Daily archives: April 11, 2003

Off the Record

A while ago I had a mini rant about the Daily Record front page. I sent them an email of complaint.

And they wrote back-

Dear Mr Pattinson

With regard to your email, can I firstly apologise for the delay in replying.

As editor of the day in charge of that particular edition, it was my decision to publish the pictures you found distasteful.

I can appreciate your concern over the graphic images and I apologise if they caused offence. The decision was not taken lightly.

The picture on the front page was of a captured American who, while injured, was not dead. That very point was made clear in the caption. However, I do agree that the image, taken in context with the headline “Executed”, would convey that the soldier had died.

Up to that point, all media coverage of the war had been extremely santitised and I used the image to illustrate the horrors of the conflict and the brutality of the Iraqi regime.

Had the soldier in question been British, I would never have considered publication as the image would have been too distressing for his family and freinds. Because he was an American, there was no question of the serviceman’s family ever seeing the Daily Record.

With hindsight, I would be extremely reluctant to use such an image again.

I hope you reconsider your decision to cancel your newspaper order and once again apologise if you were offended.

‘…there was no question of the serviceman’s family ever seeing the Daily Record.’ Oh good grief.

But he can rest assured that as I’ve never subscribed to the Daily Record, and didn’t even bother picking up the offending edition, they haven’t lost a reader.

Job Worth Dying For?

In the Birmingham Sunday Mercury:


Bosses of a publishing firm are trying to work out why no one noticed that one of their employees had been sitting dead at his desk for FIVE

DAYS before anyone asked if he was feeling okay. George Turklebaum, 51, who had been employed as a proof-reader at a New York firm for 30 years,

had a heart attack in the open-plan office he shared with 23 other workers. He quietly passed away on Monday, but nobody noticed until

Saturday morning when an office cleaner asked why he was still working during the weekend. His boss Elliot Wachiaski said: “George was always

the first guy in each morning and the last to leave at night, so no one found it unusual that he was in the same position all that time and

didn’t say anything. “He was always absorbed in his work and kept much to himself.” A post mortem examination revealed that he had been dead

for five days after suffering a coronary. Ironically, George was proof reading manuscripts of medical textbooks when he died.

You may want to give your co-workers a nudge occasionally.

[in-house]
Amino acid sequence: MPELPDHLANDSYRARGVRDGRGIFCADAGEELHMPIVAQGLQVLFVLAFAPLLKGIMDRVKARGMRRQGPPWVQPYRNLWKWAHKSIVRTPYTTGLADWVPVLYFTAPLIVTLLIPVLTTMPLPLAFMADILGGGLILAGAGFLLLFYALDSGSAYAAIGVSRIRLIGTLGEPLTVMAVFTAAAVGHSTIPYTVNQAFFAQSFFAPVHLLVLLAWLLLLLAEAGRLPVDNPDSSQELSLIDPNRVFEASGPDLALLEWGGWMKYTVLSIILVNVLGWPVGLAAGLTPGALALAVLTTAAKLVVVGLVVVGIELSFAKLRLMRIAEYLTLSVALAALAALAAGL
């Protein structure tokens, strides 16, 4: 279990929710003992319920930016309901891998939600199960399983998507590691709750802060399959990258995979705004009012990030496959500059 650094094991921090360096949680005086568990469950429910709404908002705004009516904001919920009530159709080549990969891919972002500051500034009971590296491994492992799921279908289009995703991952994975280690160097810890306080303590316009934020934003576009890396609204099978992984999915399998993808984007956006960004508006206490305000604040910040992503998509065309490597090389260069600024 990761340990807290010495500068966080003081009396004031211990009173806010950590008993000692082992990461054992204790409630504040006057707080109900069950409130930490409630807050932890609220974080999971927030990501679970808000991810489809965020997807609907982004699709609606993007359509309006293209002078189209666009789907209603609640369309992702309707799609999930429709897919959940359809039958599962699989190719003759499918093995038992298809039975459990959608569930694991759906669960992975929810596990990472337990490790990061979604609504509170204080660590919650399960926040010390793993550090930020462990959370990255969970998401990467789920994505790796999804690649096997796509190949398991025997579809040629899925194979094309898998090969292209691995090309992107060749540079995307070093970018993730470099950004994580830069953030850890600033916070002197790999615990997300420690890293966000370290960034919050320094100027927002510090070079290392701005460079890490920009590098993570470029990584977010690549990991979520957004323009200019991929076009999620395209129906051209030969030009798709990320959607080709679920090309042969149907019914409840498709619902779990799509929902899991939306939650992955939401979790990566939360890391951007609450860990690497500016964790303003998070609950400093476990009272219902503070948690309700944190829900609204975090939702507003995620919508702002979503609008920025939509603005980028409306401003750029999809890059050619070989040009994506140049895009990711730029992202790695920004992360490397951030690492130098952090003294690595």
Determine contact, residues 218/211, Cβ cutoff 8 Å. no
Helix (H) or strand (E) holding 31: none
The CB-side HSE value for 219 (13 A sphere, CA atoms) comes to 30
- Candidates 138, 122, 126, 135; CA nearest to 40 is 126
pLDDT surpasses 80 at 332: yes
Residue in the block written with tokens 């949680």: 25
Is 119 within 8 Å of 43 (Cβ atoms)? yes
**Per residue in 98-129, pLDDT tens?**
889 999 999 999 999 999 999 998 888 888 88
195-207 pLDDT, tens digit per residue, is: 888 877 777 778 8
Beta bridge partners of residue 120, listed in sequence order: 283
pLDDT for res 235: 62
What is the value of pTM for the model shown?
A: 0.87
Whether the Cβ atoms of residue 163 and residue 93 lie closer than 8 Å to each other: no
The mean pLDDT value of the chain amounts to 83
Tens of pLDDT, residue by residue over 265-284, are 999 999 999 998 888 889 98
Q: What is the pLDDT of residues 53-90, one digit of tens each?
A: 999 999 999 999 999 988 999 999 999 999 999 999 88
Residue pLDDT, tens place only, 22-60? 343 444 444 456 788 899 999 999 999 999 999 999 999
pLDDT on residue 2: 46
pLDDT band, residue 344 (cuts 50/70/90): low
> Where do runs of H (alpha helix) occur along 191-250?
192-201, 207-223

And the moral of the story: “Don’t work too hard. Nobody notices anyway.”

Fertility Rites

So tonight we’re off out for Zoe’s birthday. Last week it was Emily’s and Fiona’s and two weeks before that Dave P’s and then there were Simon and Sabs, who I almost forgot. It strikes me that a lot of parents were getting jiggy in June and July of the respective years. Or maybe there’s just a strange clustering effect going on amongst the people I know- I was born on the 11th of January, Emma on the 12th and Tim the 13th (3 different years, natch). I decided to investigate.

Typing ‘What Month has the highest birth rate?’ into Ask Jeeves brings back a lot of results about teenage pregnancy and how to prevent it and decreasing overall birth rates and, indirectly, this piece about the spread of disease and disorder by birth month which does, briefly, allude to my theory of a Spring baby glut.

‘Birth Rate by Month’ in Google has a more useful spread of results. The first one out of the bag, however, tells me my Summer Lovin’ theory is wrong, at least in South Carolina– where April is the moribund month and August the fecund. There mustn’t be much else to do in South Carolina in December, which reminds me of the old line about Iceland- ‘There’s only two things to do around here- fishing and fucking. And in the Winter there isn’t any fishing.’ Most worrying statistic from South Carolina is that the youngest mother was only 11! (They should have given her a television set.)

Meanwhile,the rate of never married Japanese men has dropped, and it’s all because of the power of the Internet, Blueberries are good for the brain and sheep with hair are more efficient meat producers.

I can’t help coming back to the 11 year old mother. The world’s youngest mother was five years and eight months old when she gave birth. She was afflicted with a condition that brought on puberty ridiculously early, but the most important, and chilling, question is- who the hell was having sex with a four year old?

The world’s oldest mother was 63. Guinness doesn’t keep an oldest father record, but points to a 93 year old (there’s hope for me yet).

And finally, recommendations on the best positions for getting pregnant (it seems that the most fun positions- standing, sitting, woman on top- are also the least effective baby makers.)